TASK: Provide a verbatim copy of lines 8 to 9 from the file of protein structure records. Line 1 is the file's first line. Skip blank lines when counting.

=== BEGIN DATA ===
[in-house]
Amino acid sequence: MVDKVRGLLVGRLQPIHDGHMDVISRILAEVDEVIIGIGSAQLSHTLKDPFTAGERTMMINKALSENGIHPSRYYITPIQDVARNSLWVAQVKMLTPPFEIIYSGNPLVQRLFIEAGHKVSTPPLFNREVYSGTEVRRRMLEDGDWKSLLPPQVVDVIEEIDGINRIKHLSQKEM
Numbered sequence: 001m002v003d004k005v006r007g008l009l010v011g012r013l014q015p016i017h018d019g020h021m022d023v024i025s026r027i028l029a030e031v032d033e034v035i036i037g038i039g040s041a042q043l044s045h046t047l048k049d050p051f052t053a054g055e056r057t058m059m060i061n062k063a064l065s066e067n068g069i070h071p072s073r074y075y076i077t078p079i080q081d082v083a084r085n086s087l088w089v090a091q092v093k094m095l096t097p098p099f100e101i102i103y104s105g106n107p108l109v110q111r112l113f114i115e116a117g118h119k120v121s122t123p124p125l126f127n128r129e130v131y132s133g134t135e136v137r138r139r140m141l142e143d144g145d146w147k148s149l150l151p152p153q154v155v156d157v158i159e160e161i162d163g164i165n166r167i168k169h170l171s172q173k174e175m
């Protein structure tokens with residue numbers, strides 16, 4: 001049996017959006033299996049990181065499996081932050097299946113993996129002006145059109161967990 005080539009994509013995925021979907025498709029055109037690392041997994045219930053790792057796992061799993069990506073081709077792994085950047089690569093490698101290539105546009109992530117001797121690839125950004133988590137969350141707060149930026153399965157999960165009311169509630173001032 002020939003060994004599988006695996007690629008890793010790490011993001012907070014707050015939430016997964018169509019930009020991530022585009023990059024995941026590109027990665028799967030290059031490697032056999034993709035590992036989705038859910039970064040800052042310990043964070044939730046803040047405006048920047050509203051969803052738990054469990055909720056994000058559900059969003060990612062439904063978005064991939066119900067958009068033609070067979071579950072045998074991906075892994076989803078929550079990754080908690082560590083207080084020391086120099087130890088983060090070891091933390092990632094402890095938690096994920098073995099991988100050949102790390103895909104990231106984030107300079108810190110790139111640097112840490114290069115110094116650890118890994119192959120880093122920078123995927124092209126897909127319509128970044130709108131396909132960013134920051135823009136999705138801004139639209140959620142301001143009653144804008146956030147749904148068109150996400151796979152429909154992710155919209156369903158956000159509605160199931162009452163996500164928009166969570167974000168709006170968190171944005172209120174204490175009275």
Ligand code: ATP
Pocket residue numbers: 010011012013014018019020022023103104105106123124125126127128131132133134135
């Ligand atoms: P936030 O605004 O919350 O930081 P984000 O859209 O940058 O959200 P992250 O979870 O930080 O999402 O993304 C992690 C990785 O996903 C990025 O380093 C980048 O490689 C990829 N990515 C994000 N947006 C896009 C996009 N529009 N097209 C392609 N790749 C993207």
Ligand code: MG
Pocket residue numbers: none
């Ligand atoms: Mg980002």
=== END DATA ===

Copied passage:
Ligand code: MG
Pocket residue numbers: none